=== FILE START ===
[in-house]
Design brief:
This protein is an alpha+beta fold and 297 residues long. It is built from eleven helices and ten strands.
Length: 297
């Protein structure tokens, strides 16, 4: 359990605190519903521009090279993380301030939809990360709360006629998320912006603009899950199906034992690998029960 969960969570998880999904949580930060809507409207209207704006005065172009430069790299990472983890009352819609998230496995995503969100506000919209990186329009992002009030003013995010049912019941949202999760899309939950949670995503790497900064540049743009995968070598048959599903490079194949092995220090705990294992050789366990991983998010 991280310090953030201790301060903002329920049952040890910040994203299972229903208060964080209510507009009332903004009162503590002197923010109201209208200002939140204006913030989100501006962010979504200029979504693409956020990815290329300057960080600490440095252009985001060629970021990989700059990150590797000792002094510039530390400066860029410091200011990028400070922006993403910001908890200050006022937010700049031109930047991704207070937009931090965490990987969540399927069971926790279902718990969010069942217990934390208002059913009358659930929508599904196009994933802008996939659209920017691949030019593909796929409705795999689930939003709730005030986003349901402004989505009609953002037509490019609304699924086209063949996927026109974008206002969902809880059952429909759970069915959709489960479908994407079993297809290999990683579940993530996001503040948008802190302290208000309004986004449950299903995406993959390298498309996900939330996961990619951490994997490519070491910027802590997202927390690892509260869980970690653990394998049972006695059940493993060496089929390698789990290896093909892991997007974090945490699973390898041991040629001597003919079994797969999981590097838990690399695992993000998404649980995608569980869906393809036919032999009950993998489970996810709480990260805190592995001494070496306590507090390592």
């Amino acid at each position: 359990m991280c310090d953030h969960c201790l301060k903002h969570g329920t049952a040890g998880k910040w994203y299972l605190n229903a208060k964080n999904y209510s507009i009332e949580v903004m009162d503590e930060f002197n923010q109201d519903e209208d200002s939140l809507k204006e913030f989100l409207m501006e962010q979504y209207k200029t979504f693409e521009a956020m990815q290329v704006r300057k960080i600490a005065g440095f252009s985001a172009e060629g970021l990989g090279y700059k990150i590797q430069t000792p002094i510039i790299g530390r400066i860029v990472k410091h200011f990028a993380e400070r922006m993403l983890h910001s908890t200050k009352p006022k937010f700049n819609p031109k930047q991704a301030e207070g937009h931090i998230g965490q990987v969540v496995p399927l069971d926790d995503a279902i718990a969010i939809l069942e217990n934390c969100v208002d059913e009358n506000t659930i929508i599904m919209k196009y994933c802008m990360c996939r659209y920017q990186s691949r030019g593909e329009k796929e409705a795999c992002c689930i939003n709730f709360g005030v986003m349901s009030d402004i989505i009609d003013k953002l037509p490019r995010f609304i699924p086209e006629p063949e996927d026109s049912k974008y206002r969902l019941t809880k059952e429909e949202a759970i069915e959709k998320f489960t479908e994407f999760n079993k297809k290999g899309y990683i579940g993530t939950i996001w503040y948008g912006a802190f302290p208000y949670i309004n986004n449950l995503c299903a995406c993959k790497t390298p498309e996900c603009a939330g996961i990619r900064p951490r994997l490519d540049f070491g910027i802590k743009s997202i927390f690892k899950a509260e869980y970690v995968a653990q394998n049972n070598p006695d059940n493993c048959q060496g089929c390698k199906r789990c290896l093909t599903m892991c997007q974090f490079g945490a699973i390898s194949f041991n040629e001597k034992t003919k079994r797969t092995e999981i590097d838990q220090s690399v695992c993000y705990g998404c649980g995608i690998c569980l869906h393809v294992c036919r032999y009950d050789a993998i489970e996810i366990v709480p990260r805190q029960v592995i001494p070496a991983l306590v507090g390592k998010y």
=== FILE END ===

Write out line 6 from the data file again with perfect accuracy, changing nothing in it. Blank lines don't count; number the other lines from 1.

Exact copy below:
């Amino acid at each position: 359990m991280c310090d953030h969960c201790l301060k903002h969570g329920t049952a040890g998880k910040w994203y299972l605190n229903a208060k964080n999904y209510s507009i009332e949580v903004m009162d503590e930060f002197n923010q109201d519903e209208d200002s939140l809507k204006e913030f989100l409207m501006e962010q979504y209207k200029t979504f693409e521009a956020m990815q290329v704006r300057k960080i600490a005065g440095f252009s985001a172009e060629g970021l990989g090279y700059k990150i590797q430069t000792p002094i510039i790299g530390r400066i860029v990472k410091h200011f990028a993380e400070r922006m993403l983890h910001s908890t200050k009352p006022k937010f700049n819609p031109k930047q991704a301030e207070g937009h931090i998230g965490q990987v969540v496995p399927l069971d926790d995503a279902i718990a969010i939809l069942e217990n934390c969100v208002d059913e009358n506000t659930i929508i599904m919209k196009y994933c802008m990360c996939r659209y920017q990186s691949r030019g593909e329009k796929e409705a795999c992002c689930i939003n709730f709360g005030v986003m349901s009030d402004i989505i009609d003013k953002l037509p490019r995010f609304i699924p086209e006629p063949e996927d026109s049912k974008y206002r969902l019941t809880k059952e429909e949202a759970i069915e959709k998320f489960t479908e994407f999760n079993k297809k290999g899309y990683i579940g993530t939950i996001w503040y948008g912006a802190f302290p208000y949670i309004n986004n449950l995503c299903a995406c993959k790497t390298p498309e996900c603009a939330g996961i990619r900064p951490r994997l490519d540049f070491g910027i802590k743009s997202i927390f690892k899950a509260e869980y970690v995968a653990q394998n049972n070598p006695d059940n493993c048959q060496g089929c390698k199906r789990c290896l093909t599903m892991c997007q974090f490079g945490a699973i390898s194949f041991n040629e001597k034992t003919k079994r797969t092995e999981i590097d838990q220090s690399v695992c993000y705990g998404c649980g995608i690998c569980l869906h393809v294992c036919r032999y009950d050789a993998i489970e996810i366990v709480p990260r805190q029960v592995i001494p070496a991983l306590v507090g390592k998010y």